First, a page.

The NV28M is the mobile variant to the NV28, just as the NV17M (GeForce4 440 Go) was the mobile variant to the NV17 (GeForce4 MX). What does being a mobile variant of the chip entail? In the case of the NV28M it means that the chip maintains 100% of the desktop NV28's hardware but incorporates power saving technology. The same 3D pipeline with dual vertex shaders; the same LMA II; the same AGP 8x support. Added to the core is PowerMizer and the ability to run at lower clock speeds and save power when possible, which we will discuss more in a minute. For now keep in mind that the GeForce4 4200 Go (NV28M) is based on the current generation highest performing desktop offering from a company, tge first time this has happened in the mobile graphics industry. Historically, mobile chips have been based off of mainstream parts as shown by the GeForce4 4x0 Go's base in the GeForce4 MX series and the ATI Mobility Radeon 9000's base in the Radeon 9000 cards. The GeForce4 4200 Go changes that trend and makes a huge statement as to where mobile graphics is going. There are some problems that arising from doing this, especially in the case of the NV28 specifically. Lets talk about some of the limitations of turning the NV28 into a mobile graphics processor.

Unlike the NV17 core found in the GeForce4 MX cards, the NV28 core was not designed specifically with a mobile variant in mind. As a result, the NV28M does not have the dedicated laptop functionality that the NV17 offered. The two big things that the NV28M is missing that the NV17M has are an integrated TV encoder (for TV-output) and an integrated LVDS (for driving the laptop display). This means that notebook manufacturers have to turn to at least an external LVDS and possibly an external TV encoder, making designing notebooks that use the GeForce4 4200 Go a bit more difficult.

The lack of integrated display hardware is not the only stumbling block in the GeForce4 4200 Go's way. As a desktop chip, emphasis on designing the NV28 did not lie in reducing heat and power consumption. Power saving hardware, such as PowerMizer, has the ability to reduce the bottom line power consumption of a chip but the peak power characteristics of a mobile variant remain fairly similar to that of the desktop one. This results in very high peak power consumption and thermal characteristics in the NV28M under situations when the chip is stressed, such as when rendering a 3D scene.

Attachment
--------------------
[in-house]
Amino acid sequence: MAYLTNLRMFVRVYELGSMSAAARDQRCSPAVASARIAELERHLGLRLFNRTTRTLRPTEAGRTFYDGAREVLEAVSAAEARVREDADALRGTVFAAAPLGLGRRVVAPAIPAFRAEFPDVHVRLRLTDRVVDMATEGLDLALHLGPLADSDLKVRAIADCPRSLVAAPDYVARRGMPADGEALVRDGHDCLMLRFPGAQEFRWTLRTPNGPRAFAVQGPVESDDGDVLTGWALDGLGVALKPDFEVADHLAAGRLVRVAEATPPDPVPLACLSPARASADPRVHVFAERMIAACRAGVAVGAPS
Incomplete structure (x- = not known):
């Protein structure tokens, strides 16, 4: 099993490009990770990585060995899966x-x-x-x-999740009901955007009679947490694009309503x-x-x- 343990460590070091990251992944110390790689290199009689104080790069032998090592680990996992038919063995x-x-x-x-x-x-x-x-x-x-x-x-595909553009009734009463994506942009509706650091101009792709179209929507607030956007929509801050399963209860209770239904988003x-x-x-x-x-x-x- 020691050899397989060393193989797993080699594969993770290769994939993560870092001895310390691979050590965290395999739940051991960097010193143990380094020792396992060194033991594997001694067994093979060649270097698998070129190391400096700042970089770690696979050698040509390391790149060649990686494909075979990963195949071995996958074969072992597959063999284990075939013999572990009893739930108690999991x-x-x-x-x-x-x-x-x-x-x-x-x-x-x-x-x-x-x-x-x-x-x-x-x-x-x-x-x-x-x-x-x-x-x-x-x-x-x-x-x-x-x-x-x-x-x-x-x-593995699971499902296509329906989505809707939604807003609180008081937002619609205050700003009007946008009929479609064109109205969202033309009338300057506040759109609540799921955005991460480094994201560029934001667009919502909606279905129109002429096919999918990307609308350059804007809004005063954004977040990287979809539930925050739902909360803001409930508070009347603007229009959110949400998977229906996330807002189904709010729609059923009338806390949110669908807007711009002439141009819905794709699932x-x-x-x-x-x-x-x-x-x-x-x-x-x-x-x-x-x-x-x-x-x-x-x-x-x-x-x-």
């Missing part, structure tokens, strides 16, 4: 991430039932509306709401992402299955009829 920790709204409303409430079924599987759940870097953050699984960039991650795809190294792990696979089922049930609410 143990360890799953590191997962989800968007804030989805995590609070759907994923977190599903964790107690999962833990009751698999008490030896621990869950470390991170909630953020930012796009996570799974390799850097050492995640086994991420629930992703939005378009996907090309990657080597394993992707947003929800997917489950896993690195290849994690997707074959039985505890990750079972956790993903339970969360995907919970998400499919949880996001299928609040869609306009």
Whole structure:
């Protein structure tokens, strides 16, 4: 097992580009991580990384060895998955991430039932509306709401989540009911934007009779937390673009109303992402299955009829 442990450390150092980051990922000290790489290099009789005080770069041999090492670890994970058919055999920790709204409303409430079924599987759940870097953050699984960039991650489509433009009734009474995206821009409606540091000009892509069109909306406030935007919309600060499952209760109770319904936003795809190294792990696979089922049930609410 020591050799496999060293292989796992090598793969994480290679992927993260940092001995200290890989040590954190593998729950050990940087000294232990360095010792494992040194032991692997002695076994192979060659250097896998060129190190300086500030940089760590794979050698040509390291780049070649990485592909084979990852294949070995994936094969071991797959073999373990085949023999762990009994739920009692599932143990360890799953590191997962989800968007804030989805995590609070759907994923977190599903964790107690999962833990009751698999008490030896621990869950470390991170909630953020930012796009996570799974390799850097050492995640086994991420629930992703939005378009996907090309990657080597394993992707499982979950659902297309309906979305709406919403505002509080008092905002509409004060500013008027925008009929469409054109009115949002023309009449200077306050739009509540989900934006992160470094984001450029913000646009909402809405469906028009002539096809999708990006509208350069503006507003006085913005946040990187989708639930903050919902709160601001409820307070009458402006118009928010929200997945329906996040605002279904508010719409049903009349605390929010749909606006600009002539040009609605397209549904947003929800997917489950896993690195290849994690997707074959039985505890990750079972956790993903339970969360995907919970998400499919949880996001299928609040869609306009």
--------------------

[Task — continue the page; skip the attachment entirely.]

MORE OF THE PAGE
NVIDIA would not disclose the maximum power draw of the NV28M but they did mention that it was high. They were able to get the voltage down to 1.25 volts when at the maximum performance setting (the same as the Mobility Radeon 9000) but apparently the power draw of the chip is still desktop-like.

Another compromise that NVIDIA had to make when turning the desktop NV28 into the NV28M has to do with the chip packaging. The NV28 is composed of many more transistors than the NV17. As a result, both the chip and package of the NV28 is larger than that of the NV17. As a result, the GeForce4 440 Go and the GeForce4 4200 Go are different sizes. One characteristic of the entire GeForce4 4x0 Go line (with exception to the GeForce4 440 Go) is that all the chips are pin compatible. This means that all a manufacturer has to do to go from producing a notebook with a the high-end GeForce4 460 Go to the lower-end GeForce4 420 Go would be to pop out the old chip and pop in the new one. NVIDIA planed to expand the 31x31 BGA package size to future mobile NVIDIA products but obviously the NV28M marks a deviation from this path. Not a big deal for now (let's hope future mobile NVIDIA parts revert to this design), but it does make getting the GeForce4 4200 Go into a laptop a bit more difficult.

Likely due in large part to the GeForce4 4200 Go's thermal requirements, the NV28M will not come in a MAP package. You may recall from our GeForce4 4x0 Go review that the previous Go chips were available in discrete packages (which use external memory) as well as what NVIDIA called mobile AGP packages, or MAP packages (which include the GPU core on the same package). The way this was done in the past was by mounting the GPU core and the memory packages on the same substrate, thus requiring less physical space for the full video setup.

The lack of a MAP GeForce4 4200 Go solution turns out to actually be one of the more minor thorns in the chip's side. As it turns out, not many MAP solutions have made their way into market (this is true for ATI as well) as OEMs have been opting for cheaper external memory. In fact, the most appealing market for a GPU and memory combination chip is the thin-and-light and ultra-portable market, where thermal and power requirements keep the highest performing chips out.

Obviously, as a mobile part, the GeForce4 4200 Go runs at lower core and memory clock speeds compared to the desktop GeForce4 Ti 4200 AGP 8x. The desktop version of the chip (the NV28 in a 64MB configuration like the configuration of the GeForce4 4200 Go) runs at a 250MHz core and a 500MHz (250MHz DDR) memory bus. In contrast, the GeForce4 4200 Go has the ability to run at a maximum speed of 200MHz core and 400MHz (200MHz DDR) memory. Expect to find chips performing at this pace only in desknote type systems. The majority of notebooks, including the notebook version that we were given to test on, will be running at around the 175MHz core mark and a 400MHz (200MHz DDR) memory bus (ours ran at 175MHz/200MHz DDR). The reason for this: the GeForce4 4200 Go produces a lot of heat and draws a lot of power running at 200/200MHz DDR.

The NV28M PowerMizer: The same but different

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